Right now our home is Main Street Books in Burnsville. We meet on the 4th Friday of each month at 7:30 pm. All women are invited. (Men have attended in the past--they just listen though, and are not invited to read.)
It's not like we're trying to be mean to men, we're not. We've just created this space & time for women who focus on the written expression of their creativity/experiences. Likewise, we're not trying to be mean to potters, it's just that we're not a group of potters... we're women who write seeking kindred spirits. (All levels of education and experience are welcome -- published, unpublished, those working on writing as "craft", and those who simply journal.)
We are very proud of the fact that we have been the first place for many women to get up the courage to read. And if you've ever thought about it, come. It's fine if you just listen for a while to get comfortable -- shoot, bring your knitting with you (several others do too).
Here is a list of the women who either attend currently or have in the past who blog. You can get a sense of us from these. We're a diverse group!

Tuesday, October 27, 2009


The second chrysalis did not open. (See post below.) I have put the branch on which it hangs in my home office where I do my writing.

Monday, October 26, 2009

Books I've Been Reading

First, the animal themed covers--which may be their only similarity.
Mayhem in Mayberry: Misadventues of a P.I. in Southern Appalachia by Brian Lee Knopp
I was curious about this book since it's a self-published book by a PI who lives in my county, and also has an endorsement on its cover by Elizabeth Gilbert of Eat, Pray, Love. (Although juxtapositions abound in this book.) Further, a friend Lucy Doll, raved about it. I am also a frequenter of Malaprop's and know Linda (manager of Malaprops & the author's wife) from working on the literary festival... and I was curious about her husband who I knew next to nothing about.
What's funny is that at the literary festival this year, he came in with Linda in the morning and then left, just as I was walking in to the Town Center Foyer where the books are set up. I can't exactly remember how I suspected he was her husband; maybe he gave her a good-bye kiss or their ease and familiarity tipped me off, but I wondered. He walked right past me on the way out the door and I turned to a friend, "Is that Linda's husband?"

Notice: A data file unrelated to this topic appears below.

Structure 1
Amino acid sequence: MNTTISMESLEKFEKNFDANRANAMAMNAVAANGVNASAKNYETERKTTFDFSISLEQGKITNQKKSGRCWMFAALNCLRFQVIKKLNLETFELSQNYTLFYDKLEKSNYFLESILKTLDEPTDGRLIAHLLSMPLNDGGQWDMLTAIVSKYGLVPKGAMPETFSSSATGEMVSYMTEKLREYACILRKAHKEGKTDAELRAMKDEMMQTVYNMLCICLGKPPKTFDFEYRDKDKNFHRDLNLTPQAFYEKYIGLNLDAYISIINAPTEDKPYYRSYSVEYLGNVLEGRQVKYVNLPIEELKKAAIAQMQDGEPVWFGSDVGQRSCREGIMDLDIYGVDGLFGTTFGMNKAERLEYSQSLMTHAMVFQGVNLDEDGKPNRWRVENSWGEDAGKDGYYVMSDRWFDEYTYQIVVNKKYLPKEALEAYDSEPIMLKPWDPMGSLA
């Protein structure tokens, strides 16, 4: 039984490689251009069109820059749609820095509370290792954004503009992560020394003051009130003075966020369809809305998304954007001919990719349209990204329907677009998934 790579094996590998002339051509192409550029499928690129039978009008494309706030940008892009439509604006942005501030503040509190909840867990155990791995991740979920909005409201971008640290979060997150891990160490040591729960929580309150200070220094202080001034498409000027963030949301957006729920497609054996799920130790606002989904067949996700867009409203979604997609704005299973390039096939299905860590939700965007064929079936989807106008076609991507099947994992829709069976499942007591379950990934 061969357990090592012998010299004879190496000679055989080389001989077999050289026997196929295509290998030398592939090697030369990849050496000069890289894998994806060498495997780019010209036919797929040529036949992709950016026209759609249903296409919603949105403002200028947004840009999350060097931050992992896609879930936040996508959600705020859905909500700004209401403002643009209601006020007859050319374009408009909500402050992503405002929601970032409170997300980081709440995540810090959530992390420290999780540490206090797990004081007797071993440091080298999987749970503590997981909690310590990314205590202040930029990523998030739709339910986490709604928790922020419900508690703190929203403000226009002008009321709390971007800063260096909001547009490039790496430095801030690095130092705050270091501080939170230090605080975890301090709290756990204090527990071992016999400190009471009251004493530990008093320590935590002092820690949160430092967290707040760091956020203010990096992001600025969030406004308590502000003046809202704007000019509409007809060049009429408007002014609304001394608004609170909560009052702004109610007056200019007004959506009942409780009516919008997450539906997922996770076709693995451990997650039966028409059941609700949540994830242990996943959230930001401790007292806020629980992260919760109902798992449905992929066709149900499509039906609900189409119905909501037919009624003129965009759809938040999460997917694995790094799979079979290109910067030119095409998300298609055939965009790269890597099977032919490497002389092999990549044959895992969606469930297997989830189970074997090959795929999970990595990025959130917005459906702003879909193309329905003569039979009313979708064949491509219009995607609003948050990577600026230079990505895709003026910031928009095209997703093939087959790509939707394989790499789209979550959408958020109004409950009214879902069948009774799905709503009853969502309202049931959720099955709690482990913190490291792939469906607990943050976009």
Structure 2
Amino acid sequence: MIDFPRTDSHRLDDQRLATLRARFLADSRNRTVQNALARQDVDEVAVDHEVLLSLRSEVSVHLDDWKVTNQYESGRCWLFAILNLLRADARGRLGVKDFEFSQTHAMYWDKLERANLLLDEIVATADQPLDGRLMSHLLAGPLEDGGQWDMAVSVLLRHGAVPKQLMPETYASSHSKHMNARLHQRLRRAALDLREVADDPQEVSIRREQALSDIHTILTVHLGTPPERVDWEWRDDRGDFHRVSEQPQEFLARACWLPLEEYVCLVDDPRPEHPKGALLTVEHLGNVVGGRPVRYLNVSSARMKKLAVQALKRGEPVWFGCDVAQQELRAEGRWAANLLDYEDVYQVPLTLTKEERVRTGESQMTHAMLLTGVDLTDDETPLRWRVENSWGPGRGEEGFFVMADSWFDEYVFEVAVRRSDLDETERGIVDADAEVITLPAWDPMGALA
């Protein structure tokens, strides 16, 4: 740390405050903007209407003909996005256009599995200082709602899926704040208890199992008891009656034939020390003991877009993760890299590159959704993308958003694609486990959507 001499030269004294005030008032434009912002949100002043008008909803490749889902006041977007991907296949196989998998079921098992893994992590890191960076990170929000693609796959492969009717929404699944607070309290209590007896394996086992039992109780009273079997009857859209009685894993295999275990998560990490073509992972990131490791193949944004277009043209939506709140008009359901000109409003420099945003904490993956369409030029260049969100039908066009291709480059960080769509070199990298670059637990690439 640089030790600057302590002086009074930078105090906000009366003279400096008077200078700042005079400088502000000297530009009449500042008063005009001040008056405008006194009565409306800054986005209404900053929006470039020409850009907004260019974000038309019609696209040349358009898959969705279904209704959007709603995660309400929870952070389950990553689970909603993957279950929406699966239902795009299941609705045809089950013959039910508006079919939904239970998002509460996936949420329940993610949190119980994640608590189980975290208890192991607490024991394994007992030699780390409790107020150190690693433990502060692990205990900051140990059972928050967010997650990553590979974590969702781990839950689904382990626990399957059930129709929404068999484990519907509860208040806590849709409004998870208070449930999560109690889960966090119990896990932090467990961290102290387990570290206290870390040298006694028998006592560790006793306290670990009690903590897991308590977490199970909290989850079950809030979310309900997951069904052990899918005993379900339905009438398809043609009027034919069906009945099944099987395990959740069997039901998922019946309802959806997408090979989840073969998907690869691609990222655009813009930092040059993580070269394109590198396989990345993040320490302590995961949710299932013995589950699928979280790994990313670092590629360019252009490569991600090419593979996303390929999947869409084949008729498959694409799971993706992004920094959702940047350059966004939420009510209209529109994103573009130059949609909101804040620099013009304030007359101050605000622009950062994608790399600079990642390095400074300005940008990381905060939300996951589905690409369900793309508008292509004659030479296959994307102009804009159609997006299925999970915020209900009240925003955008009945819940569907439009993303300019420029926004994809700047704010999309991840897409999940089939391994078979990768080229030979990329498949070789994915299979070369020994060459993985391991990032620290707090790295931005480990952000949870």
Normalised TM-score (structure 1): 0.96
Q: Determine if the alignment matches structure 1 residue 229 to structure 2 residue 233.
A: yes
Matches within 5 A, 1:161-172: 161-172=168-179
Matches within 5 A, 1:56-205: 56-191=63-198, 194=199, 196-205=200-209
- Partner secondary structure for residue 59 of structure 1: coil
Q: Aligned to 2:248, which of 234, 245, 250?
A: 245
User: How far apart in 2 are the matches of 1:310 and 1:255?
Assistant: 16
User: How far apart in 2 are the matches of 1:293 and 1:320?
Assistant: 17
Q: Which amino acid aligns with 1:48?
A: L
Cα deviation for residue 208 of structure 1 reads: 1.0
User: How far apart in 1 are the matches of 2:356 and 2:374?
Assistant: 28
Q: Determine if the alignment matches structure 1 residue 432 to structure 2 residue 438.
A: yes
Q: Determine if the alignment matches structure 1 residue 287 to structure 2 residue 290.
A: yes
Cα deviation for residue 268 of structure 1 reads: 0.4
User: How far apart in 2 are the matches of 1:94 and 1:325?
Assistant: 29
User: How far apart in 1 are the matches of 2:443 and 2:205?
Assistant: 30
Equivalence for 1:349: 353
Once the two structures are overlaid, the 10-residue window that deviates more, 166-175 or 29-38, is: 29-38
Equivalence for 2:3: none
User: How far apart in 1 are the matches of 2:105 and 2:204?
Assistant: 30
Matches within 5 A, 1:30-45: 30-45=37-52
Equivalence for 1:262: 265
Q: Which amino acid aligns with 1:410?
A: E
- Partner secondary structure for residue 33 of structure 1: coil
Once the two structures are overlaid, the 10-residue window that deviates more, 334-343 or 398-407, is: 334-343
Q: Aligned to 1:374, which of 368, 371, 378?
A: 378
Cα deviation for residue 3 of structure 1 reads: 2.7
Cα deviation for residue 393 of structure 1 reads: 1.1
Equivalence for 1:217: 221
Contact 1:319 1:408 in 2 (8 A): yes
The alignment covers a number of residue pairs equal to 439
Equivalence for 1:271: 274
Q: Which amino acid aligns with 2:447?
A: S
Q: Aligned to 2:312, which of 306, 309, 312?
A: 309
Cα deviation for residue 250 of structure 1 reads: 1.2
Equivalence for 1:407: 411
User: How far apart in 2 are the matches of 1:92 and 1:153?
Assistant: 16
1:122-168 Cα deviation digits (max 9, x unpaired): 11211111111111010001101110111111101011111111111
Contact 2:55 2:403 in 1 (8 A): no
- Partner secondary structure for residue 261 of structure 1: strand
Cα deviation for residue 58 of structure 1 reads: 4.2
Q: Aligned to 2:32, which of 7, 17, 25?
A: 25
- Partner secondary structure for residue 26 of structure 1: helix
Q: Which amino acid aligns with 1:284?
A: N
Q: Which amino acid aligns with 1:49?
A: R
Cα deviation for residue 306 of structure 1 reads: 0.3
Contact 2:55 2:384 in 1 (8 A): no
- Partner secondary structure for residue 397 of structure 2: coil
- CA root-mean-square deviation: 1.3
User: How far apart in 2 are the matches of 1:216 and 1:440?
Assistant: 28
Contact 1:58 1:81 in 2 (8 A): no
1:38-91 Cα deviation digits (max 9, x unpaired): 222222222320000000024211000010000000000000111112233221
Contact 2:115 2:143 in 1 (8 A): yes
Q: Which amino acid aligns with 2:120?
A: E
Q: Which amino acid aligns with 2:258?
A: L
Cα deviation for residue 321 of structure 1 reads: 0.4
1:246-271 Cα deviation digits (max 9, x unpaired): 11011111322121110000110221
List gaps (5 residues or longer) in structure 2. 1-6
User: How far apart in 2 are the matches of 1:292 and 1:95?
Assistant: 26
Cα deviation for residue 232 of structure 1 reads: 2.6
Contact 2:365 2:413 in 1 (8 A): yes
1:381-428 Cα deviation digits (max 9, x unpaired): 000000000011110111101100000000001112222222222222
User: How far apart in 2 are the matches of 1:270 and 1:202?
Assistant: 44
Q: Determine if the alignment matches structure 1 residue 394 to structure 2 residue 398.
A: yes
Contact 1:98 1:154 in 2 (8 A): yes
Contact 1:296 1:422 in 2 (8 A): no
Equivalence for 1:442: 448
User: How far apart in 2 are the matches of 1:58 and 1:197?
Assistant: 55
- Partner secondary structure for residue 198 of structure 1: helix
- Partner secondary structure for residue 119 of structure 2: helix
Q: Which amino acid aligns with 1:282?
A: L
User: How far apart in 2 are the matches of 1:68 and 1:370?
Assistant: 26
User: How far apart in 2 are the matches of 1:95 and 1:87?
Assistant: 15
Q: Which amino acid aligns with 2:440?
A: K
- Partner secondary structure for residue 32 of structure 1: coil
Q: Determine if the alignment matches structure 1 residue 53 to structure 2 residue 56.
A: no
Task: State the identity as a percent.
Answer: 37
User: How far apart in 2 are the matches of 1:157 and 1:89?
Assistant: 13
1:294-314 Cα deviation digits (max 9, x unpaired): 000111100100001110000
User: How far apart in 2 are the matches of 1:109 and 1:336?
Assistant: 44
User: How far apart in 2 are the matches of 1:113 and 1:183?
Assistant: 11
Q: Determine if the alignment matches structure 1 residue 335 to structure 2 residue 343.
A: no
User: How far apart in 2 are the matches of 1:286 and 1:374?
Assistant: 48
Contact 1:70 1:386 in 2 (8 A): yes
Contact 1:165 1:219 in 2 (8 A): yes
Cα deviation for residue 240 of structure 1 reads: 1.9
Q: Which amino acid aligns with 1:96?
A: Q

"I think so," the friend said swiveling to get a better look. "I've always been curious about him."
"Me too," I said, not having read his book yet. But I can't for the life of me remember what he was wearing, what he looked like, or any distinguishing features. I think he had a hat on.
Read the book. You'll see why this is funny.
The book itself is wrenching and hilarious in turn, a wry portrait of where I live, and of one man's decade-long job of detailed observation of it. (Maybe it was closer to two.) I don't want to spoil any of the twists and turns. Suffice it to say, he's got a wicked sense of humor, a deft handle on the craft of writing, patience (the like of which I don't understand), and a great & deep love & devotion for the souls in his life. How he didn't end up a jaded wreck after what he did for a living is a great testament to his fortitude and will.
Save the Cat by Blake Snyder
I'm still reading this book, because it is a how-to on writing screenplays. No, I'm not writing a screen play, but writing for the stage is very similar, and since I'm a complete novice at such things I'm reading it. I like the way all the steps (plot-lines, B-story, character development) are broken down and I am finding it easy, informative, useful reading. It is complete with "assignments" and clear tasks for moving a project along.